Yeah, so I retired [from Orlando City] at the end of 2017. And as it worked out, the Orlando Pride were training at the same facility as we were playing, so I was very close to [former Pride coach] Tom Sermanni. A lot of credit goes to Tom because he took a chance on me, coming out and watching training and being a part of training. My first year I volunteered, and then Marc Skinner came in and I asked him if I could still volunteer just to be a part of it. The third year, Mark took me on as a second assistant. From that moment, I was in it. Marc moved on, Becky Burleigh came in, and then obviously Amanda Cromwell came in last year. So, this would be my fifth year with the club.

Having seen a number of coaches go in and out, what do you think the value is to having someone who knows the club so well leading the team?

I think it’s not just me knowing the club; it’s knowing the organization, knowing the people. I’ve been here eight years now, so I’m in and around people constantly with my son playing youth soccer and my kids going to school. I get to get a feel for the city and the people. One thing I want to do is create an environment and a team that people are proud of and they know what they’re gonna get — an identity and a philosophy that everyone knows, when they see an Orlando Pride player, team, they know exactly what they’re gonna get.

So, I think like you said, I’ve been through a lot. I’ve seen multiple coaches come in and leave. And I think it’s just going in there and doing it my way and seeing if it progresses and gets better. We got a little taste of it towards the end of the season. It’ll be nice to start day one and hit the ground running straightaway.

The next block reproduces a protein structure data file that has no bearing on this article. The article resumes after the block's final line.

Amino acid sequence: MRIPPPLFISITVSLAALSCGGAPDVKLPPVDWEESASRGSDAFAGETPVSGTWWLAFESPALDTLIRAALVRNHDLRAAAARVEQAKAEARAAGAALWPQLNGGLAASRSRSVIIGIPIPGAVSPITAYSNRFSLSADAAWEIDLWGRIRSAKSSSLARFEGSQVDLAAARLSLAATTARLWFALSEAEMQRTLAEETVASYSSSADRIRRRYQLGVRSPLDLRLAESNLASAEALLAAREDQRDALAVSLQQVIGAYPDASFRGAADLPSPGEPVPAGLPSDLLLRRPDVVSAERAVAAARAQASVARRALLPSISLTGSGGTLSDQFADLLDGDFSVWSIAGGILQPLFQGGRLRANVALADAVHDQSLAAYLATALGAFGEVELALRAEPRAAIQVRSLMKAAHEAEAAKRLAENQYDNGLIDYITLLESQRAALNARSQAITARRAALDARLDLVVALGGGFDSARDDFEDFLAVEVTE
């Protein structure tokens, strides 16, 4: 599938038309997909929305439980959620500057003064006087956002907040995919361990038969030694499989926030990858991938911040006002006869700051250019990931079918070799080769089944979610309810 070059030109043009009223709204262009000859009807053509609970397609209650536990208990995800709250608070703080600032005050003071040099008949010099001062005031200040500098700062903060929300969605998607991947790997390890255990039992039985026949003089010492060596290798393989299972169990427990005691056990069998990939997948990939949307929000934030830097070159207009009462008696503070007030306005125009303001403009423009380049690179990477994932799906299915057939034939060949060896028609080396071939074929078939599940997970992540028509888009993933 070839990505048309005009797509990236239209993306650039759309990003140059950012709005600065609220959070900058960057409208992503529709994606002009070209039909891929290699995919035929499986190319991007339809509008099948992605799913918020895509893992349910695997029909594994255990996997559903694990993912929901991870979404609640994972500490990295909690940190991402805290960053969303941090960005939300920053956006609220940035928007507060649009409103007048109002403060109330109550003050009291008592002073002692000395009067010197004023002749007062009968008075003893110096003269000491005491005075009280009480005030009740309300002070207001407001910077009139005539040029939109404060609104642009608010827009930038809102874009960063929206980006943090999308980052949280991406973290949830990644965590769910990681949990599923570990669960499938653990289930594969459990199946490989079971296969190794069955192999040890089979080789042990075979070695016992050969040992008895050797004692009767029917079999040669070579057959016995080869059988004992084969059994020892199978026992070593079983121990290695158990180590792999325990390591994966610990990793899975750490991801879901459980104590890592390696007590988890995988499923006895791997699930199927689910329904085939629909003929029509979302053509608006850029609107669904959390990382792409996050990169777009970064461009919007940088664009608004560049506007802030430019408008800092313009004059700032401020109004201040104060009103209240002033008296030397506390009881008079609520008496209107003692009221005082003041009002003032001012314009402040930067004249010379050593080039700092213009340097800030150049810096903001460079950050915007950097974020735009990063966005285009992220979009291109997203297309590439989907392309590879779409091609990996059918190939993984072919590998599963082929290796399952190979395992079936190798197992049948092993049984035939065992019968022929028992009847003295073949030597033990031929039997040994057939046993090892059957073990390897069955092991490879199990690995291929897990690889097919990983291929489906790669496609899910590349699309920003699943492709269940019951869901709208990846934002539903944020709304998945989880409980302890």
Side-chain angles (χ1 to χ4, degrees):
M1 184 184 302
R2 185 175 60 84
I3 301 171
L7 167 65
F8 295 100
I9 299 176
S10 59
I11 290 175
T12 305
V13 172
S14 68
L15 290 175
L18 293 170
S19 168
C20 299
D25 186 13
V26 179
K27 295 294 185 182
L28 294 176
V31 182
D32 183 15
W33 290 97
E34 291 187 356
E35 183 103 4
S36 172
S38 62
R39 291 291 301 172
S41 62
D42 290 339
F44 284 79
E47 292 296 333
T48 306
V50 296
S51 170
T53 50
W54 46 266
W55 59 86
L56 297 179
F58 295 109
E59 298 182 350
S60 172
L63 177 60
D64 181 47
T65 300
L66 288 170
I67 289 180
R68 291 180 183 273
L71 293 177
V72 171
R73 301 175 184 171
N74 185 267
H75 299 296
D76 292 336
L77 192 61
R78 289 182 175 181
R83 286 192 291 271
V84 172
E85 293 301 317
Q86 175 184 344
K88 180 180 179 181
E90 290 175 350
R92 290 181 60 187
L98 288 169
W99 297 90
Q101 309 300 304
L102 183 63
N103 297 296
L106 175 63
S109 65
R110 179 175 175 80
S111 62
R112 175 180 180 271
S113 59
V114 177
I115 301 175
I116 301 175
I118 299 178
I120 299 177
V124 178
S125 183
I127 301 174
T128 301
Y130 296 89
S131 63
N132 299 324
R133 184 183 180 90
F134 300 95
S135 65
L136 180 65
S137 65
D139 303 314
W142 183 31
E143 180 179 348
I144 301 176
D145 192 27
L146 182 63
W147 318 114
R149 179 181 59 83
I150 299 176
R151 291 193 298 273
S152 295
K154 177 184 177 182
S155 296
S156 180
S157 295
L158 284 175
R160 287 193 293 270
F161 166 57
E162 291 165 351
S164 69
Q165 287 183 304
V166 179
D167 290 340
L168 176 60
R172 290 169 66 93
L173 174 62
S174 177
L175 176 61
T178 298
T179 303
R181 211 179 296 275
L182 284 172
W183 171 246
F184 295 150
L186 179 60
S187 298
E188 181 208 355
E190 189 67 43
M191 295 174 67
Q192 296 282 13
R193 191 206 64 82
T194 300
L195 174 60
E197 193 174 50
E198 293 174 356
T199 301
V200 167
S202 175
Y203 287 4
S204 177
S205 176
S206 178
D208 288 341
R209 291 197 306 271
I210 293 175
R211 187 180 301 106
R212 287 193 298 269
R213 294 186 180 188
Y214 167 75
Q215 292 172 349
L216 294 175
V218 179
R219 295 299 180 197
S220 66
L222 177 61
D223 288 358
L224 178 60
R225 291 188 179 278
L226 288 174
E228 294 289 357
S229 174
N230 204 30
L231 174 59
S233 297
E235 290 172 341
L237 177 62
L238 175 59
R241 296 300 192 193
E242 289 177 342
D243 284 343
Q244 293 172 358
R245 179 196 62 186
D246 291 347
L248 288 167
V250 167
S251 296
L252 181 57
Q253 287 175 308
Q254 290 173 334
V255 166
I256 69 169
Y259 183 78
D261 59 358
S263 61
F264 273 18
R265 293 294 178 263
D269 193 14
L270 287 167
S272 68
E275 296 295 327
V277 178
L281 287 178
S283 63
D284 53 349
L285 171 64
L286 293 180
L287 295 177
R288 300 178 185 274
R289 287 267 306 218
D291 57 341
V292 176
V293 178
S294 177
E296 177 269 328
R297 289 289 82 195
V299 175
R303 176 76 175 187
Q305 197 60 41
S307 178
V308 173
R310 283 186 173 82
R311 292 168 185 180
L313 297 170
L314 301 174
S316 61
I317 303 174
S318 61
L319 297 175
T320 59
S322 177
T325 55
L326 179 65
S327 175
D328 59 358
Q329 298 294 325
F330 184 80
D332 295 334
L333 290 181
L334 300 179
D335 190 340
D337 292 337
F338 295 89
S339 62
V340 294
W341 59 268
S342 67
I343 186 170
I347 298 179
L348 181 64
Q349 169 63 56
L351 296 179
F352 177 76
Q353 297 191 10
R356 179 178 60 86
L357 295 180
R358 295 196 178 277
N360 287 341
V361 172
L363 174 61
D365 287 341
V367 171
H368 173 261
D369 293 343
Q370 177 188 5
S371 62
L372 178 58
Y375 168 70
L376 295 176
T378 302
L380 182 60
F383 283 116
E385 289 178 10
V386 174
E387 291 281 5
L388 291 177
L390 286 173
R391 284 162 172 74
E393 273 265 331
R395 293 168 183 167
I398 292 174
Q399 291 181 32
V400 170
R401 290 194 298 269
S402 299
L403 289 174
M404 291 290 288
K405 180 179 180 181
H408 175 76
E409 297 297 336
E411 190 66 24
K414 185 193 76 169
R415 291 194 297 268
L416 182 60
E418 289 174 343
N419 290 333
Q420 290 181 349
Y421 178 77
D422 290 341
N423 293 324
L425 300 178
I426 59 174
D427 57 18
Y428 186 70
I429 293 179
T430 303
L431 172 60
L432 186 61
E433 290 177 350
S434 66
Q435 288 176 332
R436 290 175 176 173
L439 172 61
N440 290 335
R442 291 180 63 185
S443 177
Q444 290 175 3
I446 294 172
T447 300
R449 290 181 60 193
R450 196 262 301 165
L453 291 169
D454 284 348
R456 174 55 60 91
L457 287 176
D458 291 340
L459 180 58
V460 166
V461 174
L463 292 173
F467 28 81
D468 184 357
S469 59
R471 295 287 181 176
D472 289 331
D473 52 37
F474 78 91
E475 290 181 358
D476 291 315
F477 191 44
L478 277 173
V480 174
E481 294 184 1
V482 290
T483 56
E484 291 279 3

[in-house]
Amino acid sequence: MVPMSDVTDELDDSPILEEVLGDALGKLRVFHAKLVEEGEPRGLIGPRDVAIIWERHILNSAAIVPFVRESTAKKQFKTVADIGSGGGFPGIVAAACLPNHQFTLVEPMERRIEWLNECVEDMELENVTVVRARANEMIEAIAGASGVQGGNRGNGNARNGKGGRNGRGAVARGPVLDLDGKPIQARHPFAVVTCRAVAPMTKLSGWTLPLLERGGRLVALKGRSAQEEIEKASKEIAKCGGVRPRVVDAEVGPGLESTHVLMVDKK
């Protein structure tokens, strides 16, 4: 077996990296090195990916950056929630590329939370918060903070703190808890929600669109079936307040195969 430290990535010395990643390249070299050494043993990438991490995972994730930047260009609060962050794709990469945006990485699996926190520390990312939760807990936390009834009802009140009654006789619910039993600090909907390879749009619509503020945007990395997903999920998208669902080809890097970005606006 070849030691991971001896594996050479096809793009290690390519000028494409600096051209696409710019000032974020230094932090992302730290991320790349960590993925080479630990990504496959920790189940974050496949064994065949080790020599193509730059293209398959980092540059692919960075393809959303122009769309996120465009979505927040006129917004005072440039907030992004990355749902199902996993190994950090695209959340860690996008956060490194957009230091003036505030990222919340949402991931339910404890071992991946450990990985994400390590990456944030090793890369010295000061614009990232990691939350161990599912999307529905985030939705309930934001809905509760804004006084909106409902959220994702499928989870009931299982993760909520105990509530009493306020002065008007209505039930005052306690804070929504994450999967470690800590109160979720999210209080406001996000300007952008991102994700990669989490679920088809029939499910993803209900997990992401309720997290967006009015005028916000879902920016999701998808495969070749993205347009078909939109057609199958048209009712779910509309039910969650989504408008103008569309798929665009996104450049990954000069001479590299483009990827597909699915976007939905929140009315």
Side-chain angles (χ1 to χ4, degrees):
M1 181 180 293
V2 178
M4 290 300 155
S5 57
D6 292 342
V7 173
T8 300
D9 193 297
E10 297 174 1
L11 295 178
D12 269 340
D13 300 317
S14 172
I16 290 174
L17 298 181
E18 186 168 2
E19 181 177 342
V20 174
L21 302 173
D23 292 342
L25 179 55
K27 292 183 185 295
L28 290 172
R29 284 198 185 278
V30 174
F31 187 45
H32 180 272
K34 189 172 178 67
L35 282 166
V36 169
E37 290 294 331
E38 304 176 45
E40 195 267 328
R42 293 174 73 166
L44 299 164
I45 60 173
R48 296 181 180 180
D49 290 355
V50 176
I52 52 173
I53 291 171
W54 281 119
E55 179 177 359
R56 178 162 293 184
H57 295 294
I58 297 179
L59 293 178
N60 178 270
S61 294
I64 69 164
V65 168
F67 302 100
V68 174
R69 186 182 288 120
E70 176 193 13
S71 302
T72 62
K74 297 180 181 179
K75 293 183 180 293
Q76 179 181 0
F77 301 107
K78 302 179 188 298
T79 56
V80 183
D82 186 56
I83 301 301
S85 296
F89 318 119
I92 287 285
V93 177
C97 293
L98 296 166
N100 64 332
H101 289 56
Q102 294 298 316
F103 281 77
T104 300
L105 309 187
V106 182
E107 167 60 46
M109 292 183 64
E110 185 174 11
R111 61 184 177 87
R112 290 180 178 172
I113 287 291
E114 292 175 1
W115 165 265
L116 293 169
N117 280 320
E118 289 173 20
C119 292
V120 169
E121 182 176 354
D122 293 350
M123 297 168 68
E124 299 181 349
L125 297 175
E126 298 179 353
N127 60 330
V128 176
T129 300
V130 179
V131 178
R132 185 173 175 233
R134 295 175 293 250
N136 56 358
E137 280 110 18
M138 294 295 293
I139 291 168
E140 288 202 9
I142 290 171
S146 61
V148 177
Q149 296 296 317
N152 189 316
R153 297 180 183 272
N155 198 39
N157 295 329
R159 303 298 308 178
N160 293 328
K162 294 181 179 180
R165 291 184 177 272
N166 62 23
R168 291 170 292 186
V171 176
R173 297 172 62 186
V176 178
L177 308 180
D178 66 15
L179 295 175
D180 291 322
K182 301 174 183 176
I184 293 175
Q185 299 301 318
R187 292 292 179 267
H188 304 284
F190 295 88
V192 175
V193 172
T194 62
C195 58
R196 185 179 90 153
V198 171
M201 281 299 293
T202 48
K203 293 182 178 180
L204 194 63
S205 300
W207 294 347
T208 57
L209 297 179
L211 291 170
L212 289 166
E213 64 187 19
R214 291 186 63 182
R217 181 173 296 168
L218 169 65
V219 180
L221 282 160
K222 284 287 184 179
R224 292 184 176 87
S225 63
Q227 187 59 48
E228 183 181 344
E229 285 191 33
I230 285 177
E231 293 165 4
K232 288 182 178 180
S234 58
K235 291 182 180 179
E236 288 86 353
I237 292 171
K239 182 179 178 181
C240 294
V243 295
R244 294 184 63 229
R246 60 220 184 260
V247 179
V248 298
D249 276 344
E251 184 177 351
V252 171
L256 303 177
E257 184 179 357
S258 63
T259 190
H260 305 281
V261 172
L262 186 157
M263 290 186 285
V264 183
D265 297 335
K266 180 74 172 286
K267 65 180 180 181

In the second half of the 2022 season, the Pride turned into a gritty team that became difficult to play against. What further principles are you hoping to implement with the squad now that you’ll have a full preseason with them?

Like you said, we were harder to beat. I think we had to build a foundation to get results in games. Now, there’s no hiding place — we conceded too many goals and we didn’t score enough goals. So everything in the two boxes wasn’t good enough. I felt like when we did take over, we tried to control the middle. We tried to control with possession. I think we got more passes than we usually get and we weren’t as transitional. And some of our goals were beautiful, like they were really good goals.

I think what you’re gonna find next year is we’re building on what we created — have more grit, more determination, play with no fear, just go out there and give everything right from the start, and ultimately put the ball in the back of the net. Because we do create good goal-scoring opportunities, but ultimately we are going to get judged on goals and results.